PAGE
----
Thursday, May 21, 2009

Is it even possible to have a Constitution that's not "actual"?

This odd note appeared on White House correspondent Jake Tapper's blog at the ABC news website:

"No, that was not an actual copy of the Constitution behind President Obama as he spoke today.
A spokeswoman for the National Archives confirms that just like in the movie National Treasure, the document on display today was a facsimile."

I have over thirty copies of the Constitution in my place, mostly appendices in various constitutional law books. I never really thought of them as "facsimiles" of the Constitution any more than I think of my volume of the complete works of Shakespeare as a facsimile of his original manuscripts. Hamlet and the First Amendment aren't deeds to a house or titles to a car where you need the one and only original copy to be valid, instead they are written words meant to be communicated. So what does it matter if the copy of the Constitution in my desk drawer is part of a mass printing on twenty-first century paper instead of being the original parchment? Any good copy of the Constitution gets the job done.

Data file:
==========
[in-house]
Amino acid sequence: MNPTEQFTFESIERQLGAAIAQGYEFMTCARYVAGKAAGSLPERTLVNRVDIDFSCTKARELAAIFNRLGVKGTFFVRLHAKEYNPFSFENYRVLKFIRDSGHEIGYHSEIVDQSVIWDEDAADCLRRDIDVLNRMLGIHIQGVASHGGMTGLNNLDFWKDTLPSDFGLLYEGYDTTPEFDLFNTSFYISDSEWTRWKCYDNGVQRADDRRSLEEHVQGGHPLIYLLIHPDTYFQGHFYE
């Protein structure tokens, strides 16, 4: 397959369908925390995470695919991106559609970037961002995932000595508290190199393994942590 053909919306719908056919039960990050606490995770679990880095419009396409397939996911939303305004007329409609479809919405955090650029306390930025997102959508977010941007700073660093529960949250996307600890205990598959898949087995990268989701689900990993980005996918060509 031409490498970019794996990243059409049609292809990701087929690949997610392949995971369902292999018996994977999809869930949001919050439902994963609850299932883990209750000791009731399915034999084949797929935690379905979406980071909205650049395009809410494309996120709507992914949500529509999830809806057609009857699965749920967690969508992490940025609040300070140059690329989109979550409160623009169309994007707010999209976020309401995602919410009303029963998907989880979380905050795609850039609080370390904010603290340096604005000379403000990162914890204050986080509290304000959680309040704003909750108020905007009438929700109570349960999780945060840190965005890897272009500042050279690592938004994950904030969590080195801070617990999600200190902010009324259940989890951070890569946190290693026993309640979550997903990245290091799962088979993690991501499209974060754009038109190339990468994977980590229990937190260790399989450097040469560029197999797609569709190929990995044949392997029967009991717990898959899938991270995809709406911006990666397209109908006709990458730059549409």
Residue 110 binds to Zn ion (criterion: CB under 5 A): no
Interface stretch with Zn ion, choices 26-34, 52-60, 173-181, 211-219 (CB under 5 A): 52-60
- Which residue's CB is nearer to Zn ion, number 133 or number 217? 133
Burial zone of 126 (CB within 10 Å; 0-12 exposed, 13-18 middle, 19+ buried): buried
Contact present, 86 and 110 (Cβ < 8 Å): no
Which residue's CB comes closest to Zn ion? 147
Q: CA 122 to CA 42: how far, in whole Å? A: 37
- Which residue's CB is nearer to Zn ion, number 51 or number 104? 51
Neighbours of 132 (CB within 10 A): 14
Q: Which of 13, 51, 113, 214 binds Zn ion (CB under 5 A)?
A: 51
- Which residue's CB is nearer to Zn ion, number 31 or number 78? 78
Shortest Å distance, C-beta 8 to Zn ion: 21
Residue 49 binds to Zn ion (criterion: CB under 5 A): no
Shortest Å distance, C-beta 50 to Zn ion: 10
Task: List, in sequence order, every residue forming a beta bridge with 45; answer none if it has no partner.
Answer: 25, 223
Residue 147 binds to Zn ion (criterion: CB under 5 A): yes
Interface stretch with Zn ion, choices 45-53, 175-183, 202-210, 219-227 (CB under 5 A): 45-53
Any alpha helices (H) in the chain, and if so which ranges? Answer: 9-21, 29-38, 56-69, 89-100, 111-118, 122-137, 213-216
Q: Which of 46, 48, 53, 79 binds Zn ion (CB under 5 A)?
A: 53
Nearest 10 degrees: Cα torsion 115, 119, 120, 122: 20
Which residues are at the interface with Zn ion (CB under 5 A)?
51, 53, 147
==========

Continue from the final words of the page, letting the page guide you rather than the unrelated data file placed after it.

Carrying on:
Even more troubling is the word "actual" in Tapper's first sentence. Here is Webster's definition of actual. The relevant definition in the sense Tapper uses it, I think, is part b of the second one, "existing in fact or reality." Surely the document behind Obama at the speech wasn't a figment of our imaginations; it would be an "actual" Constitution even if it had the Fourth and Fifth Amendments transposed, although in that case it would clearly not be an "accurate" one.

So obviously what Tapper meant was the copy of the Constitution behind President Obama was not an original manuscript signed in 1787 by thirty-nine men in Philadelphia.

But so what?

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